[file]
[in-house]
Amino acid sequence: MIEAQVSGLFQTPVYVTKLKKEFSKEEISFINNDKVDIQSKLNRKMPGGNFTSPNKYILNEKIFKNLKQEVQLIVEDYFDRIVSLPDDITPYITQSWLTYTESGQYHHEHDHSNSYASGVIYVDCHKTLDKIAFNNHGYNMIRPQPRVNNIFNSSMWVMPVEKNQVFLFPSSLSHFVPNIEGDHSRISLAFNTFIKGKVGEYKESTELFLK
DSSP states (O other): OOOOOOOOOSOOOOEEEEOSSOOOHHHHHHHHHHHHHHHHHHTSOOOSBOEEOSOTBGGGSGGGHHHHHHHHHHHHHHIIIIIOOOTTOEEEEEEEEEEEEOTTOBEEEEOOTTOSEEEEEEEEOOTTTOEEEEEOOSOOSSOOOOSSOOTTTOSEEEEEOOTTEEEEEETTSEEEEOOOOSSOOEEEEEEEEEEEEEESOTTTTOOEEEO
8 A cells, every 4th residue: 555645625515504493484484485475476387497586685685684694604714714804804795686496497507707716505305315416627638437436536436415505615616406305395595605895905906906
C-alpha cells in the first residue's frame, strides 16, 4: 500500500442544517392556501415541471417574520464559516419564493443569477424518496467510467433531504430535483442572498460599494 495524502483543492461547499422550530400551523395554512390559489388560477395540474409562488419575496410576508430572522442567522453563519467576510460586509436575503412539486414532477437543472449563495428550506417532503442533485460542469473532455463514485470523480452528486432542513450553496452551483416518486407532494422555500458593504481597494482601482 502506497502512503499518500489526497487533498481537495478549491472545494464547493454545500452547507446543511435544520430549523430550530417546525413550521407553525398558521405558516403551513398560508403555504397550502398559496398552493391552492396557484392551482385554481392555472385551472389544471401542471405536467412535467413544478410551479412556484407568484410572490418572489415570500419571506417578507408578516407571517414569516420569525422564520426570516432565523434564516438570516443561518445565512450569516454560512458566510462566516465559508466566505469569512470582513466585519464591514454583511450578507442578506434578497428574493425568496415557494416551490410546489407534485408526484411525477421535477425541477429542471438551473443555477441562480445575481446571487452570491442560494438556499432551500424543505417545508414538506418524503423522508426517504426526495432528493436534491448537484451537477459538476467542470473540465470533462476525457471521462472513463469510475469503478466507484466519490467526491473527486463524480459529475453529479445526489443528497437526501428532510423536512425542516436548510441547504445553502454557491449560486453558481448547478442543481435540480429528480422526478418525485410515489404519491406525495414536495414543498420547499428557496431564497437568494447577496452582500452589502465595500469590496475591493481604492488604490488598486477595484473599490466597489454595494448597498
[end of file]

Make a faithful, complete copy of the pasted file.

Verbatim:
[in-house]
Amino acid sequence: MIEAQVSGLFQTPVYVTKLKKEFSKEEISFINNDKVDIQSKLNRKMPGGNFTSPNKYILNEKIFKNLKQEVQLIVEDYFDRIVSLPDDITPYITQSWLTYTESGQYHHEHDHSNSYASGVIYVDCHKTLDKIAFNNHGYNMIRPQPRVNNIFNSSMWVMPVEKNQVFLFPSSLSHFVPNIEGDHSRISLAFNTFIKGKVGEYKESTELFLK
DSSP states (O other): OOOOOOOOOSOOOOEEEEOSSOOOHHHHHHHHHHHHHHHHHHTSOOOSBOEEOSOTBGGGSGGGHHHHHHHHHHHHHHIIIIIOOOTTOEEEEEEEEEEEEOTTOBEEEEOOTTOSEEEEEEEEOOTTTOEEEEEOOSOOSSOOOOSSOOTTTOSEEEEEOOTTEEEEEETTSEEEEOOOOSSOOEEEEEEEEEEEEEESOTTTTOOEEEO
8 A cells, every 4th residue: 555645625515504493484484485475476387497586685685684694604714714804804795686496497507707716505305315416627638437436536436415505615616406305395595605895905906906
C-alpha cells in the first residue's frame, strides 16, 4: 500500500442544517392556501415541471417574520464559516419564493443569477424518496467510467433531504430535483442572498460599494 495524502483543492461547499422550530400551523395554512390559489388560477395540474409562488419575496410576508430572522442567522453563519467576510460586509436575503412539486414532477437543472449563495428550506417532503442533485460542469473532455463514485470523480452528486432542513450553496452551483416518486407532494422555500458593504481597494482601482 502506497502512503499518500489526497487533498481537495478549491472545494464547493454545500452547507446543511435544520430549523430550530417546525413550521407553525398558521405558516403551513398560508403555504397550502398559496398552493391552492396557484392551482385554481392555472385551472389544471401542471405536467412535467413544478410551479412556484407568484410572490418572489415570500419571506417578507408578516407571517414569516420569525422564520426570516432565523434564516438570516443561518445565512450569516454560512458566510462566516465559508466566505469569512470582513466585519464591514454583511450578507442578506434578497428574493425568496415557494416551490410546489407534485408526484411525477421535477425541477429542471438551473443555477441562480445575481446571487452570491442560494438556499432551500424543505417545508414538506418524503423522508426517504426526495432528493436534491448537484451537477459538476467542470473540465470533462476525457471521462472513463469510475469503478466507484466519490467526491473527486463524480459529475453529479445526489443528497437526501428532510423536512425542516436548510441547504445553502454557491449560486453558481448547478442543481435540480429528480422526478418525485410515489404519491406525495414536495414543498420547499428557496431564497437568494447577496452582500452589502465595500469590496475591493481604492488604490488598486477595484473599490466597489454595494448597498